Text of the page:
Kim Triedman

poems & other disasters

Posts Tagged ‘literary’

12
09/14

Tracing the Line Between Poetry and Prose

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(This post was published this past April by Beyond The Margins)

It’s national poetry month, and the dogs are intoxicated.  These two things are not totally unrelated, or at least not in my universe.  After a too-long winter, April means I finally get to write my poetry out on the front stoop while my dogs get to hurtle and root and plow their noses into the softening earth.  It’s a trade-off: I let them dig, they let me write.  If we’re lucky, I’ll end up with a serviceable poem; they’ll wind up with dirty snouts and a mouthful of grubs.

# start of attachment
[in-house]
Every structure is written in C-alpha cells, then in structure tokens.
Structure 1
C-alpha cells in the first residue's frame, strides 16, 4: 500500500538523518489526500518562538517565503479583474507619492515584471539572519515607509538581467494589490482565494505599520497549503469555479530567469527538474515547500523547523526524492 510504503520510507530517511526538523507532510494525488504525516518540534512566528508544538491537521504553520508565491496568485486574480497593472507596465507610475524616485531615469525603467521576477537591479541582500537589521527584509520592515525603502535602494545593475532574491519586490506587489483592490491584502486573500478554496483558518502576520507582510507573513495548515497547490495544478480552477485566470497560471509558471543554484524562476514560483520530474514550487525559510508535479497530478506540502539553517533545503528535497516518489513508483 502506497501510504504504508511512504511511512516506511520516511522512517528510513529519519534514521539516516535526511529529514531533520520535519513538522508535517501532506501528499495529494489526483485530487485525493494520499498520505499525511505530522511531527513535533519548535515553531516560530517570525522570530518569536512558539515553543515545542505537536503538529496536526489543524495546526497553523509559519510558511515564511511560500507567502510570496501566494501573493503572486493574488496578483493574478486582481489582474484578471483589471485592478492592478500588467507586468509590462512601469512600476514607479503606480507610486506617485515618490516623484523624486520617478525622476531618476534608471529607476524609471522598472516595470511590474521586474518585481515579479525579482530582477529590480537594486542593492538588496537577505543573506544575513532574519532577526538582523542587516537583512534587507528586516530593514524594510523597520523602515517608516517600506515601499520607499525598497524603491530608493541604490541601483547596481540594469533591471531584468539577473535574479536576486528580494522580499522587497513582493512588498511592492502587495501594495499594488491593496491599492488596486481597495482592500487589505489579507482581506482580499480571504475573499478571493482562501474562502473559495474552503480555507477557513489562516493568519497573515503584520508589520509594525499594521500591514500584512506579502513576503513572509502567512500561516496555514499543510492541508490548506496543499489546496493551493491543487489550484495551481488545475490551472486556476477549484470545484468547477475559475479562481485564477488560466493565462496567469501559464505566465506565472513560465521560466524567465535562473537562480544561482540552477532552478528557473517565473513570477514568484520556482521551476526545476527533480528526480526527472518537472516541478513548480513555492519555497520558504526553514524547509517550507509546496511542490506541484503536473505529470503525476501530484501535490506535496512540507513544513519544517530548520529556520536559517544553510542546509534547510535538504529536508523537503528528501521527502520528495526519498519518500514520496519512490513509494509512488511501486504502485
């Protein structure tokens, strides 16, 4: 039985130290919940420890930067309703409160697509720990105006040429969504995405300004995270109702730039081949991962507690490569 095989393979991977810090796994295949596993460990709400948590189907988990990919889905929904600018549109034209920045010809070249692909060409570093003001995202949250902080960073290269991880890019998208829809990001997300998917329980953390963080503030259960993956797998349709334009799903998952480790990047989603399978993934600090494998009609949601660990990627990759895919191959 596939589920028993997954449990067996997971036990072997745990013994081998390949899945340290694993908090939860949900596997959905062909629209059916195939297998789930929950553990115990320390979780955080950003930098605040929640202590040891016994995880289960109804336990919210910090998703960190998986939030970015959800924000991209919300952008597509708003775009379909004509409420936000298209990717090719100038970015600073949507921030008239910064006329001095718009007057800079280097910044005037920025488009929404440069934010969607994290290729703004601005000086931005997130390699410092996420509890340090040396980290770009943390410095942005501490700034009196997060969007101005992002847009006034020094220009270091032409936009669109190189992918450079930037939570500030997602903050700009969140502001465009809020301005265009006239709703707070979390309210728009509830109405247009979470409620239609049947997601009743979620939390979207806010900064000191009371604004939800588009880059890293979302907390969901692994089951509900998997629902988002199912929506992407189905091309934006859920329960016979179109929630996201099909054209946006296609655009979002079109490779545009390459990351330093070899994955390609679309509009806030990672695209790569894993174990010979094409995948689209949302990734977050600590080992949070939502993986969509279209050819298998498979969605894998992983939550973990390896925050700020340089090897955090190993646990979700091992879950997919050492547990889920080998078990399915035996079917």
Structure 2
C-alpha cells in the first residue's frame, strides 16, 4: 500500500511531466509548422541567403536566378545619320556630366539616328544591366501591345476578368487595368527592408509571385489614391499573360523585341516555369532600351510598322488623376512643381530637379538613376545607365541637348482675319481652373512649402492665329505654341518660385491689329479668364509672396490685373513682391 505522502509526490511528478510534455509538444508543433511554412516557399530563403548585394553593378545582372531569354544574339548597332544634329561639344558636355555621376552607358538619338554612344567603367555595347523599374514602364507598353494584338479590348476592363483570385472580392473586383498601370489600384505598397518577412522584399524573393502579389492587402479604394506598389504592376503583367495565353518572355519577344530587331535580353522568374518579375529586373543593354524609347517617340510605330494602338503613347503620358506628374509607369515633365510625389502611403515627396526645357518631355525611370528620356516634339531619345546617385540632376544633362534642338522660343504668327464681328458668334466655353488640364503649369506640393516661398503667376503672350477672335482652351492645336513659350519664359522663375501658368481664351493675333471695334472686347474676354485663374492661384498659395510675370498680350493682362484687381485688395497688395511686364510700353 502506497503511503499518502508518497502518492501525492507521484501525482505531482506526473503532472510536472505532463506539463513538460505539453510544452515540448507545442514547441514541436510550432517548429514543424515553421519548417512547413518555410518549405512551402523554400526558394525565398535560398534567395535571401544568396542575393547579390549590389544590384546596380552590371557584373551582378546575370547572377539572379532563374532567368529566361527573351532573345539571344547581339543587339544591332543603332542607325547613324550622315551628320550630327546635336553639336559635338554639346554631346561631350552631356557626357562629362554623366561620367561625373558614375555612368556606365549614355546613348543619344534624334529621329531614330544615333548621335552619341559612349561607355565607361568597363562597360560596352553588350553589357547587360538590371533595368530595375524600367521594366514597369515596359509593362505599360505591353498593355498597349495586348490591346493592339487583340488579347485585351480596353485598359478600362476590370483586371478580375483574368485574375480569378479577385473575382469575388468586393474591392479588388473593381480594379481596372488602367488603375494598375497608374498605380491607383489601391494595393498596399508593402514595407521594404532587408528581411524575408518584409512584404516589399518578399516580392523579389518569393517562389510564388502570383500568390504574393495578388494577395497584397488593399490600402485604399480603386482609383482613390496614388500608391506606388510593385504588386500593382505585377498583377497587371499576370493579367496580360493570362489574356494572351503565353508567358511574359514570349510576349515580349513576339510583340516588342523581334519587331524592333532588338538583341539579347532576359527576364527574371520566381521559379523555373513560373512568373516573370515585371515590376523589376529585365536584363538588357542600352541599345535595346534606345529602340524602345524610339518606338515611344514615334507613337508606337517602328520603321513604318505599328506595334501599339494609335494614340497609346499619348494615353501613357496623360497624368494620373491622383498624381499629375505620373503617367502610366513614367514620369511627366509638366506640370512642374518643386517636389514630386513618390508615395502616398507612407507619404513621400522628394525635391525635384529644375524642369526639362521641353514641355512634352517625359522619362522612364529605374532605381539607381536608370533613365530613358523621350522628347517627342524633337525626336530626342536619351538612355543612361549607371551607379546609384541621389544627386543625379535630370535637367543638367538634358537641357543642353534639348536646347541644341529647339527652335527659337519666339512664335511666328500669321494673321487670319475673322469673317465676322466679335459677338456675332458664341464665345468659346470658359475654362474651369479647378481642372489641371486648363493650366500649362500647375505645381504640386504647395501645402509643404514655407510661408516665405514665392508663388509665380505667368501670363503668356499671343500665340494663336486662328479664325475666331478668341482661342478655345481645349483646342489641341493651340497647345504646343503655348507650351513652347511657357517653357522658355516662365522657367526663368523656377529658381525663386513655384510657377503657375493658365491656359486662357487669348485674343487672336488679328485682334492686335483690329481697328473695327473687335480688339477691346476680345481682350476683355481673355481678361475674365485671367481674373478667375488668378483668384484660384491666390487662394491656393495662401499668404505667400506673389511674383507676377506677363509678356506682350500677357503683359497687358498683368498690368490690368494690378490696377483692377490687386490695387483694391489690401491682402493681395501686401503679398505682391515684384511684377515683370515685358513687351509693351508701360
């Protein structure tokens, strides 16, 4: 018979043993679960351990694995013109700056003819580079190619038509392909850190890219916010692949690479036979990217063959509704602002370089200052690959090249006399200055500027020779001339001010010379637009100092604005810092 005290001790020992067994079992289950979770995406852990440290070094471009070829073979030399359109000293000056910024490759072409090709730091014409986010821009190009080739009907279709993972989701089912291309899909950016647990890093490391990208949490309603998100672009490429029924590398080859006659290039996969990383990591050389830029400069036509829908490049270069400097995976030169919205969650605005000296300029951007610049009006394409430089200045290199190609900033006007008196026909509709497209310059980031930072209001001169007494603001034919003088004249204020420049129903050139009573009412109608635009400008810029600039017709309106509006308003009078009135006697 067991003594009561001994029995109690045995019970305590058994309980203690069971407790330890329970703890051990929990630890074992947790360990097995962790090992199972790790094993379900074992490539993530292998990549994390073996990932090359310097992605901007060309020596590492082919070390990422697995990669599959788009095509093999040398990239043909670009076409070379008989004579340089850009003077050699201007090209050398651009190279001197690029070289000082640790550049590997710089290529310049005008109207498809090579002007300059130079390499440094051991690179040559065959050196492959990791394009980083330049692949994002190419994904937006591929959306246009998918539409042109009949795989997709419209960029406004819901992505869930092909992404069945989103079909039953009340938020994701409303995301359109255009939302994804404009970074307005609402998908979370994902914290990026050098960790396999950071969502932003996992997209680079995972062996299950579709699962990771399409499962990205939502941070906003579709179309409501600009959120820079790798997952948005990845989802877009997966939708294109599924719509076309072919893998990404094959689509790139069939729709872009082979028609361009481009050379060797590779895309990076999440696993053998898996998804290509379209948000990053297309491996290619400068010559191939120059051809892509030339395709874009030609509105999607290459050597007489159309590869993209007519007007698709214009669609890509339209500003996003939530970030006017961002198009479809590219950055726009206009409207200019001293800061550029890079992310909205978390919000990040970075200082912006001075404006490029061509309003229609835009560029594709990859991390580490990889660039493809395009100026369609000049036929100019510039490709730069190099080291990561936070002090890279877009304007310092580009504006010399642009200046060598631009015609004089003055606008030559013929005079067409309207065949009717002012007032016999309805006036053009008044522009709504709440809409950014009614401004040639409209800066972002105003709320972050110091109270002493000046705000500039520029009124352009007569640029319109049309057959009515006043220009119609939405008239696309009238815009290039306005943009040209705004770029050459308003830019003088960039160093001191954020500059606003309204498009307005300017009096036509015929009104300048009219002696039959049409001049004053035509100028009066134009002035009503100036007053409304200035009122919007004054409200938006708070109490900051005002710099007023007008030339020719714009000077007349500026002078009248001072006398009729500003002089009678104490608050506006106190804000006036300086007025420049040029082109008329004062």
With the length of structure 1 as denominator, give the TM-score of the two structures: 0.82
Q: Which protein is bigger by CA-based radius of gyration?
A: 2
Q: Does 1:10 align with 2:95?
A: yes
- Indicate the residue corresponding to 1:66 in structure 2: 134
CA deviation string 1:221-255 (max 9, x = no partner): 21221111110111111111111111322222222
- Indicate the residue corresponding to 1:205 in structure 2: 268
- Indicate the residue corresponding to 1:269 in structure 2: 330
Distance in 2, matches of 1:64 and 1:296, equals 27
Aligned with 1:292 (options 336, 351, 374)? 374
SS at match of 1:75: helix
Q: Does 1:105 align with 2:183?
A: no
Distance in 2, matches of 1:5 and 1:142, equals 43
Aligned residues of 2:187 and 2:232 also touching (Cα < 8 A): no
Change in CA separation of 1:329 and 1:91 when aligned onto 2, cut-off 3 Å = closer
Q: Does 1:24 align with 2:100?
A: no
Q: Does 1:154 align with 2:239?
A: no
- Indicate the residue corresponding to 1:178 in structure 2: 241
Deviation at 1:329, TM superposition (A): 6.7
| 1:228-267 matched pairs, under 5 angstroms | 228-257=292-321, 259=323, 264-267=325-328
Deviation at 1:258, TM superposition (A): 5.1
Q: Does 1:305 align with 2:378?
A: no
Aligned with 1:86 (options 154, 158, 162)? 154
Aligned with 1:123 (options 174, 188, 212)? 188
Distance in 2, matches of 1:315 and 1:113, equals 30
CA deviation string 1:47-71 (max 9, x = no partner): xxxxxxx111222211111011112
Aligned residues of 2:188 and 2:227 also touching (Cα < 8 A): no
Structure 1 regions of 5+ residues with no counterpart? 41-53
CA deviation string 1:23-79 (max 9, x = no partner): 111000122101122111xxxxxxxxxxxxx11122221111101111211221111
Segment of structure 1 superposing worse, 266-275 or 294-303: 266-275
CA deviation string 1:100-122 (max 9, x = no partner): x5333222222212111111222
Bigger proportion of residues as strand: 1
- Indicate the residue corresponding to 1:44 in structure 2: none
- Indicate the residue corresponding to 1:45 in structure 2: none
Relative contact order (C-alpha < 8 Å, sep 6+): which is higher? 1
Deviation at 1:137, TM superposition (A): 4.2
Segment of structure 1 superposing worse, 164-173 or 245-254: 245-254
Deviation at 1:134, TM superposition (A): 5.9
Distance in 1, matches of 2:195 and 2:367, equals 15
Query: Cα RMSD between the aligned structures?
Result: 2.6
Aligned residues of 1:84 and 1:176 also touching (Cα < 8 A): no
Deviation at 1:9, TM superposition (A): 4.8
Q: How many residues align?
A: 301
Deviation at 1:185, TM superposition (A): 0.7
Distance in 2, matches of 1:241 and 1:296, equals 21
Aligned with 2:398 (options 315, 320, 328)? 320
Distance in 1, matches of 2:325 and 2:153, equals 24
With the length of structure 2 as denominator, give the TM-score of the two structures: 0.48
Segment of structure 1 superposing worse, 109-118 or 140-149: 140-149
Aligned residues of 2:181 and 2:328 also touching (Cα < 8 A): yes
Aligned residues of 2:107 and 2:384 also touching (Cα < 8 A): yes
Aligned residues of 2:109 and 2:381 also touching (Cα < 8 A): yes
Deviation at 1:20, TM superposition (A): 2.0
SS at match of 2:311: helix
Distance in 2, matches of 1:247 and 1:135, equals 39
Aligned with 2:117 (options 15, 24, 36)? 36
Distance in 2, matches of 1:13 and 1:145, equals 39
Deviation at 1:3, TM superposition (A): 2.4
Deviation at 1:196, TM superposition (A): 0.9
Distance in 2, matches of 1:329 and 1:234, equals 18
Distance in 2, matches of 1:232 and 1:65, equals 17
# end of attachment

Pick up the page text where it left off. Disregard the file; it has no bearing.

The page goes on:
It’s a win-win situation.

As both a novelist and a poet, and most recently a prose poet, I think a lot about what defines poetry and what distinguishes it from its first-cousin prose.  In some sense, it matters to me very little: more and more, I find myself writing without intention – without any definable form in mind.  But I also recognize that I seem to know poetry when I write it, and when I hear it, no matter how innovative or well-disguised; and I wonder at just what it is I am responding to, because poetry communicates on so many different levels that it’s often hard to unpack just what and why a poem is.  So in honor of National Poetry Month, and because I need to figure some things out for myself, I’m presenting here just a few of my own impromptu thoughts on what makes a poem a poem…